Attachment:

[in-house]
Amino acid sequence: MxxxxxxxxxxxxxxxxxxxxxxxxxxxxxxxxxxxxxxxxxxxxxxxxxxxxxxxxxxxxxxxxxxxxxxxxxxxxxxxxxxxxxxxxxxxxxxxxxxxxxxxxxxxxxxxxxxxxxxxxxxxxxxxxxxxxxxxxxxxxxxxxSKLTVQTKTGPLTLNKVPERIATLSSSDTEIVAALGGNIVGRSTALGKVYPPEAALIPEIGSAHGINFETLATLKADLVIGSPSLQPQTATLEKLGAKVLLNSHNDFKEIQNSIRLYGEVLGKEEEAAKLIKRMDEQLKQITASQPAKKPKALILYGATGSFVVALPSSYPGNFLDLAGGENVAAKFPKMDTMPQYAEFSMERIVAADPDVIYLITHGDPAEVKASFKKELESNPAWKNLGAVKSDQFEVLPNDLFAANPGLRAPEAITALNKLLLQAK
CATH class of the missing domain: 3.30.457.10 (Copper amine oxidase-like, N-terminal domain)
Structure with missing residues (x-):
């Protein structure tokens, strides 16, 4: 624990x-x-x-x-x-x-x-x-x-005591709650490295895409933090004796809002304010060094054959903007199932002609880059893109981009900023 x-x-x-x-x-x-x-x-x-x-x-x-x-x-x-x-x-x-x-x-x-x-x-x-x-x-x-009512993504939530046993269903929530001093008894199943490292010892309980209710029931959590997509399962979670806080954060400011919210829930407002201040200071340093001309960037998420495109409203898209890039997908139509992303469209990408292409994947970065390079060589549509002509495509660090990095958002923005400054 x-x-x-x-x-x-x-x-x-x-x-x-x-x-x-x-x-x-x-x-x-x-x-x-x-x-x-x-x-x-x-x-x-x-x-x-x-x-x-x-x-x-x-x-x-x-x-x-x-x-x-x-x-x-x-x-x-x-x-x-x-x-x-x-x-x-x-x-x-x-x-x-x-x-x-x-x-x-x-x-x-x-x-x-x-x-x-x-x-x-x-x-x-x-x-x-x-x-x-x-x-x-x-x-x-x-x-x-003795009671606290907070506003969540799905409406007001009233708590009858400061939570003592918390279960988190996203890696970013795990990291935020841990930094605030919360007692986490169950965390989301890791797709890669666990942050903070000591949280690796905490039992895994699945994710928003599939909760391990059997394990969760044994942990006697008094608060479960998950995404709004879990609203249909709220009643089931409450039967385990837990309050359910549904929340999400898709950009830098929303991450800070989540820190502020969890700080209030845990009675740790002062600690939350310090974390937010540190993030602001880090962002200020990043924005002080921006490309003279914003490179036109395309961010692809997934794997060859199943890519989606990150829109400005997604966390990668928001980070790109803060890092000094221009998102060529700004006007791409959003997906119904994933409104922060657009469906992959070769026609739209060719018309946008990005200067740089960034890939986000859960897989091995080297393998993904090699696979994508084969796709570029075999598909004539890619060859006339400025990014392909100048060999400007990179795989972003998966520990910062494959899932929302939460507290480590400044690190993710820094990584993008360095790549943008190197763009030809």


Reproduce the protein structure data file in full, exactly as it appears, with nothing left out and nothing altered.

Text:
[in-house]
Amino acid sequence: MxxxxxxxxxxxxxxxxxxxxxxxxxxxxxxxxxxxxxxxxxxxxxxxxxxxxxxxxxxxxxxxxxxxxxxxxxxxxxxxxxxxxxxxxxxxxxxxxxxxxxxxxxxxxxxxxxxxxxxxxxxxxxxxxxxxxxxxxxxxxxxxxSKLTVQTKTGPLTLNKVPERIATLSSSDTEIVAALGGNIVGRSTALGKVYPPEAALIPEIGSAHGINFETLATLKADLVIGSPSLQPQTATLEKLGAKVLLNSHNDFKEIQNSIRLYGEVLGKEEEAAKLIKRMDEQLKQITASQPAKKPKALILYGATGSFVVALPSSYPGNFLDLAGGENVAAKFPKMDTMPQYAEFSMERIVAADPDVIYLITHGDPAEVKASFKKELESNPAWKNLGAVKSDQFEVLPNDLFAANPGLRAPEAITALNKLLLQAK
CATH class of the missing domain: 3.30.457.10 (Copper amine oxidase-like, N-terminal domain)
Structure with missing residues (x-):
């Protein structure tokens, strides 16, 4: 624990x-x-x-x-x-x-x-x-x-005591709650490295895409933090004796809002304010060094054959903007199932002609880059893109981009900023 x-x-x-x-x-x-x-x-x-x-x-x-x-x-x-x-x-x-x-x-x-x-x-x-x-x-x-009512993504939530046993269903929530001093008894199943490292010892309980209710029931959590997509399962979670806080954060400011919210829930407002201040200071340093001309960037998420495109409203898209890039997908139509992303469209990408292409994947970065390079060589549509002509495509660090990095958002923005400054 x-x-x-x-x-x-x-x-x-x-x-x-x-x-x-x-x-x-x-x-x-x-x-x-x-x-x-x-x-x-x-x-x-x-x-x-x-x-x-x-x-x-x-x-x-x-x-x-x-x-x-x-x-x-x-x-x-x-x-x-x-x-x-x-x-x-x-x-x-x-x-x-x-x-x-x-x-x-x-x-x-x-x-x-x-x-x-x-x-x-x-x-x-x-x-x-x-x-x-x-x-x-x-x-x-x-x-x-003795009671606290907070506003969540799905409406007001009233708590009858400061939570003592918390279960988190996203890696970013795990990291935020841990930094605030919360007692986490169950965390989301890791797709890669666990942050903070000591949280690796905490039992895994699945994710928003599939909760391990059997394990969760044994942990006697008094608060479960998950995404709004879990609203249909709220009643089931409450039967385990837990309050359910549904929340999400898709950009830098929303991450800070989540820190502020969890700080209030845990009675740790002062600690939350310090974390937010540190993030602001880090962002200020990043924005002080921006490309003279914003490179036109395309961010692809997934794997060859199943890519989606990150829109400005997604966390990668928001980070790109803060890092000094221009998102060529700004006007791409959003997906119904994933409104922060657009469906992959070769026609739209060719018309946008990005200067740089960034890939986000859960897989091995080297393998993904090699696979994508084969796709570029075999598909004539890619060859006339400025990014392909100048060999400007990179795989972003998966520990910062494959899932929302939460507290480590400044690190993710820094990584993008360095790549943008190197763009030809």